Tuesday, October 23, 2007
Last night I saw "Michael Clayton." The good reviews were right, especially what David Denby wrote in his review in the New Yorker a few weeks ago that the dialogue is especially strong and enjoyable in the film.
Before the film I saw two trailers of note because of how awful they look. The first is a type of geriatric buddy film starring Jack Nicholson as "Jack Nicholson" and Morgan Freeman as "Somebodywhoknows" in "The Bucket List." Can there really be audience for this boredom?
The other film is the type of vanity project Oscar winners are allowed to make. This time it's Hillary Swank in a movie that will surely be called a "chic flick" and surely be as awful as that label suggests. The title has the added of significance as doubling as the reason why no person should see the film called "P.S. I Love You." (I can't find a link to the trailer; be thankful.)
Both of those Assumed Awfuls are out on Christmas Day giving another reason to stay home with your family.
Monday, October 22, 2007
The Widening Divide
Today I became a victim to the cutting edge of pedestrian traffic violations.
The scene: The avenue attached to my boulevard.
Time: Just past , eastern standard.
The incident: As I drove down the street, a group of youths, perhaps 10 or 12, stretched across the street making it difficult to get by.
My reaction: I was terrified. Here, in my town! The youths had devised a sinister plan that threatened to disrupt traffic. It was a brilliant idea thought, and a brilliant idea executed. I kept my head down as I cautiously drove past the crowd. I avoided making all eye contact, because I’m a coward. Finally, I rushed home and wrote this blog entry.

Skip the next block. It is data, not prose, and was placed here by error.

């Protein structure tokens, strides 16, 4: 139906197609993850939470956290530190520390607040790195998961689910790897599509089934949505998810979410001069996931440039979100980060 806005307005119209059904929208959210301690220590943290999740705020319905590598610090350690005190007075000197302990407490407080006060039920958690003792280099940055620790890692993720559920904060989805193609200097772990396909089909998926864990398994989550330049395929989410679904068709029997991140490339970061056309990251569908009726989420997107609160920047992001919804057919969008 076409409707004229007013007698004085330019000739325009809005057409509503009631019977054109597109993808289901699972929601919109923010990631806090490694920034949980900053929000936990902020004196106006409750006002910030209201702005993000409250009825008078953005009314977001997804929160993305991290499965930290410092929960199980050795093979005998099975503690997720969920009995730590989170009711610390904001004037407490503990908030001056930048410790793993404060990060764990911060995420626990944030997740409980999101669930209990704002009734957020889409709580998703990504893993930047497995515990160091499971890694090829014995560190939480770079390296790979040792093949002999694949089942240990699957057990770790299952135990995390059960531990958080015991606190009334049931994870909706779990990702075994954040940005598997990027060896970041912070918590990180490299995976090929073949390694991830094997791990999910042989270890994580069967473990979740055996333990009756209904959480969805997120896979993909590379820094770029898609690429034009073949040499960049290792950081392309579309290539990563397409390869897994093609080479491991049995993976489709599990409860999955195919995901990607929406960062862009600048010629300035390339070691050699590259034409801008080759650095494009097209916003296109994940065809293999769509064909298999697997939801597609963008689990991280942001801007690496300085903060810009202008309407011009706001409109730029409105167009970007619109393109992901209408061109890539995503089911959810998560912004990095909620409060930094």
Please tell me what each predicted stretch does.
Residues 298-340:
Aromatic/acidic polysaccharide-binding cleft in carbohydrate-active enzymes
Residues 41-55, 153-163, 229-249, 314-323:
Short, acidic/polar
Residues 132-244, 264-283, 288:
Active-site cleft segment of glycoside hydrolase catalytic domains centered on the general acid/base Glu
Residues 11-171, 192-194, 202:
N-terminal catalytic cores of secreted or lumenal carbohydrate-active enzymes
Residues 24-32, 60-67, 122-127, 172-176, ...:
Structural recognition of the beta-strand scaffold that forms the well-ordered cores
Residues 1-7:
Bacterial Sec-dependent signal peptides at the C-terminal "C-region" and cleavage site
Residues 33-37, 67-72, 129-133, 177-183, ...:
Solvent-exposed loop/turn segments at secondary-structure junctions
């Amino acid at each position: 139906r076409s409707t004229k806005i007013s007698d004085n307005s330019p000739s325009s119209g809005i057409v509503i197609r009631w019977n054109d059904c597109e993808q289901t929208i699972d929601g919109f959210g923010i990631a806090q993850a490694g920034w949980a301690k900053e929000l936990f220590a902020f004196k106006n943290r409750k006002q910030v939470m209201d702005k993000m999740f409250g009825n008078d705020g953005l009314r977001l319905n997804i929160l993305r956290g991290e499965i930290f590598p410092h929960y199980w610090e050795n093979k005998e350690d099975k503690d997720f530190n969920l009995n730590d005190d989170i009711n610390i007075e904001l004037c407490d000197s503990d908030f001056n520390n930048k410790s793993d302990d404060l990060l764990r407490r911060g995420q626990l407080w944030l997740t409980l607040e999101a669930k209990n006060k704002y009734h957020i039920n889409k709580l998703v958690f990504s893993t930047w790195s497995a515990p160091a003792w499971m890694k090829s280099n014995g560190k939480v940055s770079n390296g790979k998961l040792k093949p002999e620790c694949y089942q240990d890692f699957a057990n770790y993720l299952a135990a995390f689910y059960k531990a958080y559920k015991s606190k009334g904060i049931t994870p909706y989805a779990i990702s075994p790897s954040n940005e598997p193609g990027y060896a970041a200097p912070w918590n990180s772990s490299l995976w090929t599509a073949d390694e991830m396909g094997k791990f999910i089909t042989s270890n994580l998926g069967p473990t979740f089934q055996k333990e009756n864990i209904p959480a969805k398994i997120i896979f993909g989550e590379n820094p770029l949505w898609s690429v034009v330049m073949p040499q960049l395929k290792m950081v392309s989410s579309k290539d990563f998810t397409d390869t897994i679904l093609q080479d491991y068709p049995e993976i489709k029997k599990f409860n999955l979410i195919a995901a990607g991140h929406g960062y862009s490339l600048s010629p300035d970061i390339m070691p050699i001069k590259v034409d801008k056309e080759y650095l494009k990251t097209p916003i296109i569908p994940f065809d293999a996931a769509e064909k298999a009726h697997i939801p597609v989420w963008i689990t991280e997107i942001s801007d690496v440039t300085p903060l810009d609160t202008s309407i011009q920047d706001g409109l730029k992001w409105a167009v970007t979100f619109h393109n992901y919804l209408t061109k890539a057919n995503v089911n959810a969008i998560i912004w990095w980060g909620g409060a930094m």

I’m lucky. These kids are the new Badasses of the world and they will fuck with Anybody provided Anybody is driving a car even if it’s a cheap, beat-up rumbler.
But then I thought: Making it difficult for a person to drive by—that’s their best rebellion? Pathetic, really. Hell, unless a tank is rolling in their direction, these youths aren’t rebelling; they’re acting like a group of annoying asshole adolescents.[i]
But maybe I’m just getting old. After all, I’m a coward[ii] for not shaking my fist at any of these kids. I didn’t even honk.
The sad truth is I wake up each morning and measure the size of my prostate: Once one has crossed the Age Line I have, one cannot get into the habit quick enough.
Some days I like to pretend I’m young again: I apply thick layers of clay to my face to cover my many depressing wrinkles.
But the cliché is youth isn’t your age, it’s a state of mind.[iii] But this delusion was probably first uttered by an octogenarian in the middle of getting his diaper changed.
Truth: I’m getting old and so are my ideas. Because I was born in a year before 1990, any idea I have automatically ages at least 10 years upon the act of saying it or writing it. These Old Man Ideas are evidence of my early on-set decrepitness and/or how I’m a prude.
For instance, an idea for youths reading this: If your parents ever catch you masturbating, simply use the excuse that you were checking for testicular tumours.[iv] Too graphic? Who’s the prude now?
All I’m asking for is today’s youth to try harder. Making it difficult for cars to get by on a street is the least exciting rebellion I can think of; it’s a failure of imagination. I want the youth of today to cause real fear and give me something different to write about other than my prostate.
[i] Points for alliteration.
[ii] Second time I call myself a "coward" in the same post.
[iii] I think that’s the cliché; who gives a fuck if I got it wrong?
[iv] Girls can also use this excuse: Simply feign ignorance and blame your school for not providing enough sex ed, specifically a unit about female anatomy.